If we do nothing to change climate policy the country will see a 6% drop in GDP,” Bullard said. But the South will experience a 20% drop in GDP. “It is the poorest part of the country and the least likely to move forward with progressive policies on energy, climate change, and civil rights. He said the political climate in the South is generally very anti-environment and climate change is going to widen the economic gap. 

California is having the worst fire season on record.  The cause is drier forests caused by fewer Spring storms that build up a snowpack in the mountains which melt over the Summer and fill reservoirs with a precious resource people can no longer take for granted. 

“We manage those dams in CA for flood control earlier in the season and later in the spring we manage them for water supply,” said Dr. Anthony Westerling.

“If you’re not engaged with the science, you’re not engaged with reality,” Dr. Anthony Westerling said. He is a professor at UC Merced in California and an expert on wildfires.

He is Professor of Management of Complex Systems at University of California, Merced. 

”Because we’re getting more rain and less snow and warmer temperatures in the Spring, we’re getting snow runoff earlier in the year and now we have a conflict in how we mange those dams,” he said. 

Westerling said climate change is the primary driver of longer hotter fire seasons. He simulated fires around the state and projected this year’s fire season would be happening with increasing frequency. “Thirty years from now, this would be a very common event,” he said. “This is not a world we want to be in where this is regularly occurring.”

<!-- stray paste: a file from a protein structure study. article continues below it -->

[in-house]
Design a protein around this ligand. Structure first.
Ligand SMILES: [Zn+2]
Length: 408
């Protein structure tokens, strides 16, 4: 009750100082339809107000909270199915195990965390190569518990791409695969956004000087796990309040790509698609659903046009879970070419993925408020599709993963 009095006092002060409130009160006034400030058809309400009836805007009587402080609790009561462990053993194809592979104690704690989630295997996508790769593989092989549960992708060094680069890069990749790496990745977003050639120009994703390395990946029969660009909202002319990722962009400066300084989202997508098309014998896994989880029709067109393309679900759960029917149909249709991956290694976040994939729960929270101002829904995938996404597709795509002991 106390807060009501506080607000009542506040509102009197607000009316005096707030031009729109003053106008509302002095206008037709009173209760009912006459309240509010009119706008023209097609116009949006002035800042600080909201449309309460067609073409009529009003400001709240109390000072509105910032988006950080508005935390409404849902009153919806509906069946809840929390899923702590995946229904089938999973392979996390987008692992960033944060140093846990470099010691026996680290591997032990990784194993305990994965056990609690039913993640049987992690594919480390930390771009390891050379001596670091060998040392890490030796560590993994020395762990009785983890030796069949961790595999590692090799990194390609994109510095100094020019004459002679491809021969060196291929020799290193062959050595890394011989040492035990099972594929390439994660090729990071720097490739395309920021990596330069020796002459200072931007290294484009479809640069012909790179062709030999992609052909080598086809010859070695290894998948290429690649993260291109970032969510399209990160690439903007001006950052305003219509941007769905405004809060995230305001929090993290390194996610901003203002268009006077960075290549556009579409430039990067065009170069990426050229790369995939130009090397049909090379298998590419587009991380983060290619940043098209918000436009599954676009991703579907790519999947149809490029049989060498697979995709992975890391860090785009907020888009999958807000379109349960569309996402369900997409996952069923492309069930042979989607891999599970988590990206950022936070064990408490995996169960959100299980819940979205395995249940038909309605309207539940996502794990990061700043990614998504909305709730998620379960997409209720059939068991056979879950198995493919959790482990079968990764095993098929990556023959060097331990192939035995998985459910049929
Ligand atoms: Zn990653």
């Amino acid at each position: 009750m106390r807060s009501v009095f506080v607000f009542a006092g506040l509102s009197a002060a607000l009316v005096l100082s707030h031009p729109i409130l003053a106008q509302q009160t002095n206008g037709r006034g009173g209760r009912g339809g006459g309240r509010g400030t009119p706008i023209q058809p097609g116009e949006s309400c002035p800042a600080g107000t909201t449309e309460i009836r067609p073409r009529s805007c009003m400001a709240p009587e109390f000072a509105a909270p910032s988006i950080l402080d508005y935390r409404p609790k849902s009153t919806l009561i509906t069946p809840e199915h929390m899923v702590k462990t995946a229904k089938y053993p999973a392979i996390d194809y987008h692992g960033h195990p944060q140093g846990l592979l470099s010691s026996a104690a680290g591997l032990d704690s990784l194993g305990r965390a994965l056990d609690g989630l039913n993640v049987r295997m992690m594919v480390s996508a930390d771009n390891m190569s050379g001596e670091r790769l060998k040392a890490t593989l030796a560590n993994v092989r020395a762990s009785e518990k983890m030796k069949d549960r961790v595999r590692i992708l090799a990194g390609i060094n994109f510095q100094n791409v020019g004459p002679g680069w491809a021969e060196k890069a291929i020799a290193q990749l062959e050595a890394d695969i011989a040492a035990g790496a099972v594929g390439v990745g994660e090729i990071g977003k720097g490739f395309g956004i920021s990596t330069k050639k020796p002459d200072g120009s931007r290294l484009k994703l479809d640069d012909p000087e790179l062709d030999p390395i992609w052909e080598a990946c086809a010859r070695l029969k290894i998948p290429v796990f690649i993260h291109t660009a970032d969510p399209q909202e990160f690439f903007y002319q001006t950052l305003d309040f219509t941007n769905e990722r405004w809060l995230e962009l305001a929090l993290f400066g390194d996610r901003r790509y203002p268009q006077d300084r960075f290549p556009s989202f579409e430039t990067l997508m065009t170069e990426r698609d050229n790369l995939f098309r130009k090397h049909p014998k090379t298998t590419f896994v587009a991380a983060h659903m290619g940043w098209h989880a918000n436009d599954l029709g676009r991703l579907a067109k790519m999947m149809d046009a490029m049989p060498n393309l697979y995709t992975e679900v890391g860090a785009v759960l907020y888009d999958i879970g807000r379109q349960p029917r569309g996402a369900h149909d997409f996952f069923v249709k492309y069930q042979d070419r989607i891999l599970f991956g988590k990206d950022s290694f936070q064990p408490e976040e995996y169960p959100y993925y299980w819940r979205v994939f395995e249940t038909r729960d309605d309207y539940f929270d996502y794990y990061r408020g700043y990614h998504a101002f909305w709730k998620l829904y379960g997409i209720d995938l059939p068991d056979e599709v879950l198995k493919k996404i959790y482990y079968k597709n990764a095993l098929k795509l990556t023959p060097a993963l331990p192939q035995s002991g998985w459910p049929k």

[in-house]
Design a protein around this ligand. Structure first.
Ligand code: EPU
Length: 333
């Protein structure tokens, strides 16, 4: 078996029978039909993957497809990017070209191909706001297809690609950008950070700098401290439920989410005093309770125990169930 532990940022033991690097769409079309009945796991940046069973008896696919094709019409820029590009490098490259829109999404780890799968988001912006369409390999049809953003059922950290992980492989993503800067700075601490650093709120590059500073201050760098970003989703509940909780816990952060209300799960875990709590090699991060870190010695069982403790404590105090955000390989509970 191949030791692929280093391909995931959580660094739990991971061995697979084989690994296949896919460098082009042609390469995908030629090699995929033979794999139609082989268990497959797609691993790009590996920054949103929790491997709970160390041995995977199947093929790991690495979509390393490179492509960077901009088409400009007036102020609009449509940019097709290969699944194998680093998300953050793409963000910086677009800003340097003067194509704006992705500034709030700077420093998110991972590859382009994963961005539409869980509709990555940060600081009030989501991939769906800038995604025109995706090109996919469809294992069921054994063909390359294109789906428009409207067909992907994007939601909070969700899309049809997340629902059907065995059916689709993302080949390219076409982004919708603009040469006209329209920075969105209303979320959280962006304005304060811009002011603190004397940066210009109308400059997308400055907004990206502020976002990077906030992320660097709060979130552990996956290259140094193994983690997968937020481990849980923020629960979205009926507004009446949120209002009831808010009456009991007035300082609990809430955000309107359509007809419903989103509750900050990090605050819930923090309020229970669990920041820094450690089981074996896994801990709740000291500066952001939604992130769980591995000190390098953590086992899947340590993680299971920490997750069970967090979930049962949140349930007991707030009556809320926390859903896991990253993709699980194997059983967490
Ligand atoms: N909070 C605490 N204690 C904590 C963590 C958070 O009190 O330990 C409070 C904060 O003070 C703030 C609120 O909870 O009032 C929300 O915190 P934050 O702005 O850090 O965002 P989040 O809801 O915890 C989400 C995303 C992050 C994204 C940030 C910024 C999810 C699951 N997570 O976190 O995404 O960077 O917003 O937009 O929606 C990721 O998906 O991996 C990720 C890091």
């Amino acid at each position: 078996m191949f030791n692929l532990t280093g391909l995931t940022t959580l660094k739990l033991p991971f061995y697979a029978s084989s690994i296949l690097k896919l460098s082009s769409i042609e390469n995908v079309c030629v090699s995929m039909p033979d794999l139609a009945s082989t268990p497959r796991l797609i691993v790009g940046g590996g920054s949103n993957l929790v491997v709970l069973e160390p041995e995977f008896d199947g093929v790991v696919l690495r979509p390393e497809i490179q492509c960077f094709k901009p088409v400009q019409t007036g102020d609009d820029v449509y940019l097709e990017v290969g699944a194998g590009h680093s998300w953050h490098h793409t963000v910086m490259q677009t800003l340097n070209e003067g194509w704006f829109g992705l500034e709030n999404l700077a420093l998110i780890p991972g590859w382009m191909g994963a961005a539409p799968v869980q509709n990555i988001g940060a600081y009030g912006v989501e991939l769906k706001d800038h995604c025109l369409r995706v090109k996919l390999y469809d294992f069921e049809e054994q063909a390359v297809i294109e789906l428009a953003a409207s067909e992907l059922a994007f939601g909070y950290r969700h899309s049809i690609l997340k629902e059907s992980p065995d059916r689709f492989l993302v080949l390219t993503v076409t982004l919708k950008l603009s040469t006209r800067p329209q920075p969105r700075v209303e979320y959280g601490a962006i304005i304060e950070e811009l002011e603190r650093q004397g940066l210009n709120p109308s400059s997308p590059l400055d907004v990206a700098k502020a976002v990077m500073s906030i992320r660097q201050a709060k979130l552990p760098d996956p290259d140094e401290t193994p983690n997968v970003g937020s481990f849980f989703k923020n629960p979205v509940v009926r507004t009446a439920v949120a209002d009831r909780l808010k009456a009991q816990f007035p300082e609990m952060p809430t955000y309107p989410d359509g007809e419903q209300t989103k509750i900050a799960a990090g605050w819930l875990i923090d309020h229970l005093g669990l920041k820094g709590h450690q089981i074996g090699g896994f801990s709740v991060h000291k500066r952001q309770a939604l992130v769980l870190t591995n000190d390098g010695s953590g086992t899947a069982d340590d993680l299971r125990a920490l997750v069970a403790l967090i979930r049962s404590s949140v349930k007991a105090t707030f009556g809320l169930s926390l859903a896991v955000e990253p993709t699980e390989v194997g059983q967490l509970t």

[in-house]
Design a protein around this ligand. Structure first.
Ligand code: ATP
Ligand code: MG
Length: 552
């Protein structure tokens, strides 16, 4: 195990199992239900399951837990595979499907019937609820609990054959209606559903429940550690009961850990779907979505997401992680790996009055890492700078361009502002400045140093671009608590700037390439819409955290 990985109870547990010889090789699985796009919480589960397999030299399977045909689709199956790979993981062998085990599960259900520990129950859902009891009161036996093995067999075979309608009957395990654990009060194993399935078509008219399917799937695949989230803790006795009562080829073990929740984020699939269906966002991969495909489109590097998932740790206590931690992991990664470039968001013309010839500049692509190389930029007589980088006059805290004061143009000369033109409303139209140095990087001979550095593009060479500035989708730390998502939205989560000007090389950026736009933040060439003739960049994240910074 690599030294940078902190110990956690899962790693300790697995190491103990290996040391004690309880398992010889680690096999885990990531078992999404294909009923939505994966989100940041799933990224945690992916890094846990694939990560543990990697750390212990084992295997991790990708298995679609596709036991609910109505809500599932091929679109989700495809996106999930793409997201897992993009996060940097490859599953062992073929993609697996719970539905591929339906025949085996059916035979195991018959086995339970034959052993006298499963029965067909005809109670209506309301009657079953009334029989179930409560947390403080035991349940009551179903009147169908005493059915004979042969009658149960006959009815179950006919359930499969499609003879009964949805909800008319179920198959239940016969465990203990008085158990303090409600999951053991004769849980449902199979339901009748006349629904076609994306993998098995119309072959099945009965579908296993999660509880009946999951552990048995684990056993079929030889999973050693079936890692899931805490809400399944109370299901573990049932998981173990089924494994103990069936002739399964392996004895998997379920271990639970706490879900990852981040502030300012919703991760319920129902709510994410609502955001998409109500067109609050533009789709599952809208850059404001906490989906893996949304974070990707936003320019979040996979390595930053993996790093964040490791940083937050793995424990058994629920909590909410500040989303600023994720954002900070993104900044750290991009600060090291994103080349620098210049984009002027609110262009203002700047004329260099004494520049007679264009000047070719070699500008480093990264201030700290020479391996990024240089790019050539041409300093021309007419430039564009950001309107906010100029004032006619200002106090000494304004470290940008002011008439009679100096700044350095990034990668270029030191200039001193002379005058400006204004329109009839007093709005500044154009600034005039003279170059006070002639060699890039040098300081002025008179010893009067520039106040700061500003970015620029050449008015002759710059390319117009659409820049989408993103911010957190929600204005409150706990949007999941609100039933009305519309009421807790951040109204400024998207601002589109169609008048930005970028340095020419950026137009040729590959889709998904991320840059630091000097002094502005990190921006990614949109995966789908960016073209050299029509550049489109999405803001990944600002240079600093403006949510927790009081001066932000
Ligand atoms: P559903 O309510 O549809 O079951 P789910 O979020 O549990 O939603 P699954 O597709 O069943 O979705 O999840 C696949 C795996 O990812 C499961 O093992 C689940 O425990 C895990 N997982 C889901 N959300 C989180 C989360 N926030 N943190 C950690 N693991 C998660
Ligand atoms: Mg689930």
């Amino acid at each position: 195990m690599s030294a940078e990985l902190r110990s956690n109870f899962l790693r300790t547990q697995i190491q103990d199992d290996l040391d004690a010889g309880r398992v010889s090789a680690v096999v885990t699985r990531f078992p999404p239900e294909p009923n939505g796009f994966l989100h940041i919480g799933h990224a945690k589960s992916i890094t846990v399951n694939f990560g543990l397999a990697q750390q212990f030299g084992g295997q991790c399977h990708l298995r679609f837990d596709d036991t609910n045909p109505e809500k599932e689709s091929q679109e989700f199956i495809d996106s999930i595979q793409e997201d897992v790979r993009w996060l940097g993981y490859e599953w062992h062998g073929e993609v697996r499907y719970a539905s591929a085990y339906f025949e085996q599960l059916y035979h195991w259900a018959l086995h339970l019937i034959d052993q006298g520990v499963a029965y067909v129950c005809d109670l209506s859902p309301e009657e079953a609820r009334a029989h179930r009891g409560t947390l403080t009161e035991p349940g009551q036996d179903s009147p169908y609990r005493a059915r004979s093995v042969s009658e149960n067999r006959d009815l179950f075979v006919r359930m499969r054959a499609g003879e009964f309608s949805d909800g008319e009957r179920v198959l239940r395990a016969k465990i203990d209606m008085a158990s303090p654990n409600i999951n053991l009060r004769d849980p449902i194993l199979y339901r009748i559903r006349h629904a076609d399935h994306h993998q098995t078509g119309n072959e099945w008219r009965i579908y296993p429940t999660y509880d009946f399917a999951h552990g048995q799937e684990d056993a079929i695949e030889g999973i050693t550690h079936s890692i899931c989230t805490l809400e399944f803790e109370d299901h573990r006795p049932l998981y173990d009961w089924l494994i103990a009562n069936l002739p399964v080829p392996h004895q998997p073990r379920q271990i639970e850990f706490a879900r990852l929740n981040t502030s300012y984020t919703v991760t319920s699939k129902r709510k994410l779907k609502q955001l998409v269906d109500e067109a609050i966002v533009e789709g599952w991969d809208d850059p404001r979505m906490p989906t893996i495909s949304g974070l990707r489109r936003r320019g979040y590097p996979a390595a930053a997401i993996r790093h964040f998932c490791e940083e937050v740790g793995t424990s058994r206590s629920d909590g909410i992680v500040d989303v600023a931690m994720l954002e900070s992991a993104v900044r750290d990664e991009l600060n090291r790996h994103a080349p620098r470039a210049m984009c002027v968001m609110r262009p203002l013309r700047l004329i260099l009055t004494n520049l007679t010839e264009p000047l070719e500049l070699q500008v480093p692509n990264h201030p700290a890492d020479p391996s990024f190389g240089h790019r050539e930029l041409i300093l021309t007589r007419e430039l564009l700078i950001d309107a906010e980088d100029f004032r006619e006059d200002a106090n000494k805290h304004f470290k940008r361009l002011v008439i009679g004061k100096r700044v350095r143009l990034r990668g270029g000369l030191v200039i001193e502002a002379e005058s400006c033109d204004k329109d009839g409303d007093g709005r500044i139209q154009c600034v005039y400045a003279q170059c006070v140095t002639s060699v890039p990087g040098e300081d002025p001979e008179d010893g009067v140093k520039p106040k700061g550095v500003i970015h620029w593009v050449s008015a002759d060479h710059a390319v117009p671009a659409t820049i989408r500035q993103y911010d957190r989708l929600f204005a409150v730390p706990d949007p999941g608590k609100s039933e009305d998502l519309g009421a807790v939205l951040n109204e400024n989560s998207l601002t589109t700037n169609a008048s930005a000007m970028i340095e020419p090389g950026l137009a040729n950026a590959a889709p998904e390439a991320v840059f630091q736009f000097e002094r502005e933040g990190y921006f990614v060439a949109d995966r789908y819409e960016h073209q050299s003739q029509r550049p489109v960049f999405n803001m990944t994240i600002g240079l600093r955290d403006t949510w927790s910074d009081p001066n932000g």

“Now our mountain forests will dry out sooner in the year and that can move the fire season much earlier and we have a water source problem as well.” In short, climate change is bringing too much water to the Gulf coast and not enough to California and Oregon.  

Dr. Rajendra Shende said the richest countries that pollute the most should pay developing countries for climate disasters and they should reduce their carbon emissions to zero in the next ten years or the planet will cook. 

Shende and a handful of scientists working with the UN Intergovernmental Panel on Climate Change shared the Nobel Peace Prize with Al Gore in 2007.  But since then, Shende said not enough progress has been made to slow climate change.

China has pledged to be carbon neutral by 2060. Finland, Denmark and Sweden are among the best performers when it comes to achieving carbon neutrality, according to the World Economic Forum. Sixty-seven countries and eight states have set carbon neutrality goals. 

Although 190 of 197 countries have signed the Paris Climate Agreement, President Trump withdrew the U.S. from the Paris Climate accord in June 2017.

“Those who consume the most and
polluted should now pay for those who did
not consume and did not pollute,”
Dr. Rajendra Shende said. He is former director of the United Nations Environmental Program and shared the Nobel Peace Prize in 2007 with Al Gore. He lives on India’s west coast.

 Shende thinks if Trump wins in November, he might change his mind when he realizes his businesses and his friends will not prosper if they keep thumbing their noses about reducing carbon emissions. 

He said if the international community starts talking about Trump’s obsession with making good deals, Trump might realize his businesses will suffer if the U.S. doesn’t rejoin the climate accord “whereas all other countries are in, then his businesses will be outside. Then he will not have any advantage of good technology development taking place elsewhere,” Shende said.

If Trump loses, Joe Biden has pledged to rejoin the Paris Climate Agreement.